Law Protects Dogs Left Outside in Cold by Owners

The state of Pennsylvania is getting serious about severe weather.

According to WKBN,  the state passed Libre’s Law this year, which bolsters the penalties for animal abuse and neglect cases, including cases in which pets are left outside in the extreme heat or cold.

Under Libre’s Law, a dog cannot be left leashed and alone outside for longer than 30 minutes in temperatures that exceed 90 degrees or drop below 32 degrees Fahrenheit. Pet owners found violating these restrictions could face up to $750 in fines and up to 90 days in jail, reports The Sacramento Bee.

These harsher penalties are extended to those who intentionally torture, neglect or abuse their pets, with those charged with a third-degree animal abuse felony looking at fines up to $15,000 and as many as seven years in jail.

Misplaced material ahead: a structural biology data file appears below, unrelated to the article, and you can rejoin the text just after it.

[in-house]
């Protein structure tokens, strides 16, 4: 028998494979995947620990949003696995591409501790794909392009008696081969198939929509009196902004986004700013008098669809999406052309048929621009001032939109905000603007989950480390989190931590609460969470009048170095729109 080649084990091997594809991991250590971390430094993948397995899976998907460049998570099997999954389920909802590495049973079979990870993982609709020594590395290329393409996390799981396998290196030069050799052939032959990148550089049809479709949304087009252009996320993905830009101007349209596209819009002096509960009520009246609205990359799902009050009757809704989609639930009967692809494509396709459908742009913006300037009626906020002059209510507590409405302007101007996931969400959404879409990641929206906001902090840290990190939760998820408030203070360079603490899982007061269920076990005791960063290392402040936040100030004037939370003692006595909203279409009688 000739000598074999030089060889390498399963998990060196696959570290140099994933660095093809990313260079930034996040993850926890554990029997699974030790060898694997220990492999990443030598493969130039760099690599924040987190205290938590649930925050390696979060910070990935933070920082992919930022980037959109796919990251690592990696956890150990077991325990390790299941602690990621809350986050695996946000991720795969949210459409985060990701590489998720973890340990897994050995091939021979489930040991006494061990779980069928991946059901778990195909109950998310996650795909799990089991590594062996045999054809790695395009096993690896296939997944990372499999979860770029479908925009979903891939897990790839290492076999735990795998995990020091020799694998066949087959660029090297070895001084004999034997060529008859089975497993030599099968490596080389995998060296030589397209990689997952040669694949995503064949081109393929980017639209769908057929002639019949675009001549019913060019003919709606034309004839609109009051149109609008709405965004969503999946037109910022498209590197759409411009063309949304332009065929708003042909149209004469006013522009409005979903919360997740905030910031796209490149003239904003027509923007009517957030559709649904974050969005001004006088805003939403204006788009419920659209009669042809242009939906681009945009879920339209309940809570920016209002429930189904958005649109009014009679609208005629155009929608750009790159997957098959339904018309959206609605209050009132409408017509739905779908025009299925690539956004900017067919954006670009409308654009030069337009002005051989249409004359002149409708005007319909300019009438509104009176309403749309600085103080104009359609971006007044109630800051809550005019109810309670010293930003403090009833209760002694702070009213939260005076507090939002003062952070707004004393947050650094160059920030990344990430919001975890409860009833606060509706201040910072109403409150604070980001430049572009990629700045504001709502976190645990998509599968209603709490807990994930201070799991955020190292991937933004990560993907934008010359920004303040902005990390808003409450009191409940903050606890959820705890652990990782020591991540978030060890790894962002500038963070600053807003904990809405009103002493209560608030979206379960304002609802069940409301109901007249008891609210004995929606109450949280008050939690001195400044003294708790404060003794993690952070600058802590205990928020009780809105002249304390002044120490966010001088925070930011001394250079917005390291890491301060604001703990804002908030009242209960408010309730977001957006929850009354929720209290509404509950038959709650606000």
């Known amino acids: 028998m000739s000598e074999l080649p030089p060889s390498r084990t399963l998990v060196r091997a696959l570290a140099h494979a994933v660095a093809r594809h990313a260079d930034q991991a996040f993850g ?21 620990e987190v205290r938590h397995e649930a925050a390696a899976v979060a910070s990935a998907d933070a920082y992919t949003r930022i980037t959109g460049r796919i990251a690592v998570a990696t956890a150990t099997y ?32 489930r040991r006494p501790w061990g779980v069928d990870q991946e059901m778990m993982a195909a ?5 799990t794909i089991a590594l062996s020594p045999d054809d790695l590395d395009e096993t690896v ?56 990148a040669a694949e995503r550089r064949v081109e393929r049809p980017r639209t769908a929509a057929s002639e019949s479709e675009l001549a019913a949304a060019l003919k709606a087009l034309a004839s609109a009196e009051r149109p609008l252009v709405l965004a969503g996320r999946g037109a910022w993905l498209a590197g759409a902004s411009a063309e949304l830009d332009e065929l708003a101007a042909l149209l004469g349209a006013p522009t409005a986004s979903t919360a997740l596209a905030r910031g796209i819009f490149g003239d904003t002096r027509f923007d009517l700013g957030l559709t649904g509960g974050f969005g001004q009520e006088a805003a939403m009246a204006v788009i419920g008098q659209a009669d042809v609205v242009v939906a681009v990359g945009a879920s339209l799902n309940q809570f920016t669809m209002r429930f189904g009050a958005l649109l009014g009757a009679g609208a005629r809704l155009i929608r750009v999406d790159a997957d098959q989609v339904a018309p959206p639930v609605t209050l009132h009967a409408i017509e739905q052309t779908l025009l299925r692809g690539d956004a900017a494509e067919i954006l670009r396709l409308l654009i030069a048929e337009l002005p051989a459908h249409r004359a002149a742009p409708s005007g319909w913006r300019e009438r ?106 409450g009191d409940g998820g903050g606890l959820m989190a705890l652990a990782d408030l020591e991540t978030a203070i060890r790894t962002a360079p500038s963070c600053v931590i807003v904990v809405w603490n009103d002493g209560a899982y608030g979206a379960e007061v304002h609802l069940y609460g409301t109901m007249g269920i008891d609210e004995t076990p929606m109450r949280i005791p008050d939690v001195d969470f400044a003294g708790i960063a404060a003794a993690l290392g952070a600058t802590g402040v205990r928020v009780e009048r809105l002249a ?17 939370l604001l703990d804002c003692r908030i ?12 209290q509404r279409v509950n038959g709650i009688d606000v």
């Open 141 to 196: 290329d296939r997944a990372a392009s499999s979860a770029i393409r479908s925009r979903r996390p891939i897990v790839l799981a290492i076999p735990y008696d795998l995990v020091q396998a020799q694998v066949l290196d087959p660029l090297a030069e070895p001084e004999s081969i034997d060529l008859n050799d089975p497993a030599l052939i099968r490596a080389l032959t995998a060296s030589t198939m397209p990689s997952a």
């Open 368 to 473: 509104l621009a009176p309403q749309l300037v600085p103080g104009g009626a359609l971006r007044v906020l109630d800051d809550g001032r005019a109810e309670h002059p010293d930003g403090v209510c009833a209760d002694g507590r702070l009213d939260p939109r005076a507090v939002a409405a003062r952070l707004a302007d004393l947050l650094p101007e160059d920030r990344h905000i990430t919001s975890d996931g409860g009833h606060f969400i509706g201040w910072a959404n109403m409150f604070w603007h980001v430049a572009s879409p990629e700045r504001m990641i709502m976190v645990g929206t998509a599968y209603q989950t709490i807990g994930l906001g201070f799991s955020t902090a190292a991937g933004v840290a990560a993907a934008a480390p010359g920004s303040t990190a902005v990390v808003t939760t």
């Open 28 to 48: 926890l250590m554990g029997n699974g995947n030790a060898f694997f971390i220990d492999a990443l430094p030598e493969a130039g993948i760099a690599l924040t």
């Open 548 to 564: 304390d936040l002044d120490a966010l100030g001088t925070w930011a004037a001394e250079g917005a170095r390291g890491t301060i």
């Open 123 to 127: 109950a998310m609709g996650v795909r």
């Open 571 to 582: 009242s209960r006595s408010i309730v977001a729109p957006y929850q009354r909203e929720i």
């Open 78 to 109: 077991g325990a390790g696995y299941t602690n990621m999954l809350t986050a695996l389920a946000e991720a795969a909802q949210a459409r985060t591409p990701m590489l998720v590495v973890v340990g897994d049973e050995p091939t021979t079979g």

Those who see an animal suffering from abuse are urged to call 911 to report the incident. Owners who are found guilty of abuse will be forced to forfeit their pets to local shelters.

RELATED: Don’t Ever Leave Your Dog in the Car on a Hot Day

Libre’s Law is named for a Boston terrier who was found tied outside a Lancaster County farm emaciated and ill. Libre has since made a full recovery and was present at the bill’s signing into law.

Pennsylvania cities are adding stricter animal negligence restrictions, too. According to NBC10, Philadelphia has a new ordinance that requires owners to bring their pets inside during a Code Blue (temperatures below 20 degrees Fahrenheit), a Code Red (extreme heat) and a Code Gray (extreme precipitation). Those found violating this ordinance will be fined $500 on top of whatever penalties they may receive from the state.


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